What inspired “Fever”, part of your latest EP?
“Fever” is meant to be mimetic of the cyclical nature of relationships and togetherness. It ends in the same place that it started. It’s about navigating the clumsy and lovely nature of starting things over, calling things off. It’s an amalgam of those moments in relationships short and long that seem unimportant at the time, spilling a glass, laying in bed, dancing together, little mistakes, that end up seeming like the most important ones once the relationship is over.
“Team” is an uncoupling. It’s supposed to be nostalgic and contemplative, thinking of the people you used to be on a team with, reflecting on all the little reasons why things have changed. I wanted to leave the verses of this song more obtuse and open to interpretations, fragmented imagery sort of stuff, with the chorus being easily memorable and understood.
Do you remember the day you wrote “White Room”?
It was the day after a pretty brutal breakup. Allan picked me up for some music store therapy, going to our favorite music store to find him a fuzz pedal. We got one of those private rooms where we could really crank things up loud. Allan and I have this pretty explosive and easy musical chemistry, things have always happened really quick for us. He started to play these punchy, fuzzed-out stabs and I started writing lyrics and a melody to what would become “White Room.” The riff he was playing felt so cathartic and freed me up to let some ideas loose. We started sketching out what would become “White Room” and “Mint” in that same day.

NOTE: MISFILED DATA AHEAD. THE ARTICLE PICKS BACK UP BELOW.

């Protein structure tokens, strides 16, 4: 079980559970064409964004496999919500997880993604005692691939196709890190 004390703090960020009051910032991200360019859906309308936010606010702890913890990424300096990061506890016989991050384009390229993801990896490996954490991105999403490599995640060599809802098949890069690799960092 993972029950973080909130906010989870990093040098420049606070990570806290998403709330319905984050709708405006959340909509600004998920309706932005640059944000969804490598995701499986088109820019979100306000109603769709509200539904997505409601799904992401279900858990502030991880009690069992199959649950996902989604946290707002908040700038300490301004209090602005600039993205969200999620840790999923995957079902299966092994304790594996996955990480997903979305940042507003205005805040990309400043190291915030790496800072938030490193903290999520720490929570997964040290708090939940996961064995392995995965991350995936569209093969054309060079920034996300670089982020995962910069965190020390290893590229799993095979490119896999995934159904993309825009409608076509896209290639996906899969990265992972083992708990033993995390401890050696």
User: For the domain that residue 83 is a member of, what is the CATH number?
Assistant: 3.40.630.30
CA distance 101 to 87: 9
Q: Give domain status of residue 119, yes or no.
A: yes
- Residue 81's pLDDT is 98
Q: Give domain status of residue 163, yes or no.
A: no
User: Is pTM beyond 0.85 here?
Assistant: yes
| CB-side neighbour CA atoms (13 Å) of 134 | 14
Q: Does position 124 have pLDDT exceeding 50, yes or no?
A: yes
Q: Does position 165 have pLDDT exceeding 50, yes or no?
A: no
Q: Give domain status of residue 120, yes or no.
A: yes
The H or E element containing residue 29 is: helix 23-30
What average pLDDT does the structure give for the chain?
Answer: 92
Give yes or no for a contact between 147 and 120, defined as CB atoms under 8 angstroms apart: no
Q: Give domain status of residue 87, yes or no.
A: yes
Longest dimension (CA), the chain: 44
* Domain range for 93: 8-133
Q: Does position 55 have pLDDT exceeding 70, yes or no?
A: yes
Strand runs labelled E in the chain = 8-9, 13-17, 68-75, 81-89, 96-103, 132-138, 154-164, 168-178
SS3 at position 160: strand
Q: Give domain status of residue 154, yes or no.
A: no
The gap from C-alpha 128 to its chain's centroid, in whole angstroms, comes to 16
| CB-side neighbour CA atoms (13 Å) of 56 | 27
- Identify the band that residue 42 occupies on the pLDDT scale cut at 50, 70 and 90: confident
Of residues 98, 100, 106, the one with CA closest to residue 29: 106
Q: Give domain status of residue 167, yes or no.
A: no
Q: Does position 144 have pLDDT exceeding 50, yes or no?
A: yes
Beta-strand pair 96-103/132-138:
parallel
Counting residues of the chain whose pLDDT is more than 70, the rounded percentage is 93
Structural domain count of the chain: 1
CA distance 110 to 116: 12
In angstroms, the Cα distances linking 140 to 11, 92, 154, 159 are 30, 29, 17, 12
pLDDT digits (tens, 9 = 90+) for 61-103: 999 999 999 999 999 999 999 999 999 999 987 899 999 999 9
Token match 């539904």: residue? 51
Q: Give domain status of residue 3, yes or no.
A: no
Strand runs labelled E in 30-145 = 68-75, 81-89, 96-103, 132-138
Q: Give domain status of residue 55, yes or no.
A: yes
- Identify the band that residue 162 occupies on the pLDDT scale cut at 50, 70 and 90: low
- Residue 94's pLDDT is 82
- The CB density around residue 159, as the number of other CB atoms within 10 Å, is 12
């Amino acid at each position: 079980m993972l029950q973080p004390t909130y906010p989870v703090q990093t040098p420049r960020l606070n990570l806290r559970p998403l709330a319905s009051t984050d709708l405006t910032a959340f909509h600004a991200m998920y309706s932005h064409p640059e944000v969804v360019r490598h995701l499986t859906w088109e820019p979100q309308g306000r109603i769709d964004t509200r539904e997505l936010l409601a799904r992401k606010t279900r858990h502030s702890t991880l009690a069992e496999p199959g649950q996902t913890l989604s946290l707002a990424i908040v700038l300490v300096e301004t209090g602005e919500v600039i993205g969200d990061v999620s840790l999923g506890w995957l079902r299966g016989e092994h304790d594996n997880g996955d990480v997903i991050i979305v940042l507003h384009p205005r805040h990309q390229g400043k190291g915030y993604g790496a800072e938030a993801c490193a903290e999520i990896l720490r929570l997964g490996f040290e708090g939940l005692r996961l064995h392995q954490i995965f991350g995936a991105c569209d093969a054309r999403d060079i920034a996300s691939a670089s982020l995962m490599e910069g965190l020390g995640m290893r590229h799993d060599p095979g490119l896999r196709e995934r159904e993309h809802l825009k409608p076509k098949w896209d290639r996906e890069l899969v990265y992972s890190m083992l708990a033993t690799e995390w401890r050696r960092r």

Is there a link/a common theme among the songs of the new EP?
The common thread for us has always been togetherness and celebration. We like to make music that celebrates the spectrum of experience, pain, forgiveness, fucking up, figuring it out. The breakups and the makeouts, starting things over, being in over your head. All of us, together, tangling up, unfurling. These have been our favorite themes over the past years. We like writing songs for those that are involved in this messy beautiful blur of a world.
What is the best suggestion your producer gave you?
Our lead guitarist Allan Cuva produced and mixed our record. Some of the most important suggestions Allan ever gave me were to trust myself. To stick to my gut. I tend to get insecure about ideas and takes and Allan is extremely encouraging, he’s really good at pulling the best performances out of us when we are recording.
What are your plans for 2019?
We have so much music to make, so many shows to play, so many things we want to do as a band. We’re hitting the road. We’re recording more music. The party is just getting started, we’re here for the long haul.
To conclude the interview a short Q/A session, please answer the first thing that comes to your mind:
- Define in one word your self-titled EP: Shark.
- The best show you ever played: Selling out The Basement, a legendary rock club in Nashville.
- The one thing that you must have in your backstage: Red Hot Blues corn chips and red wine, get a little spicy and sweet before the show
- The soundtrack of your childhood: Yankee Hotel Foxtrot by Wilco.
- Your favorite song lyrically speaking, but not written by you: Cactus Tree by Joni Mitchell.
- Last question is “unusual”, we want to know your best relationship advice: Same advice I’d give to anyone trying to be in a successful band, listen to and trust your team.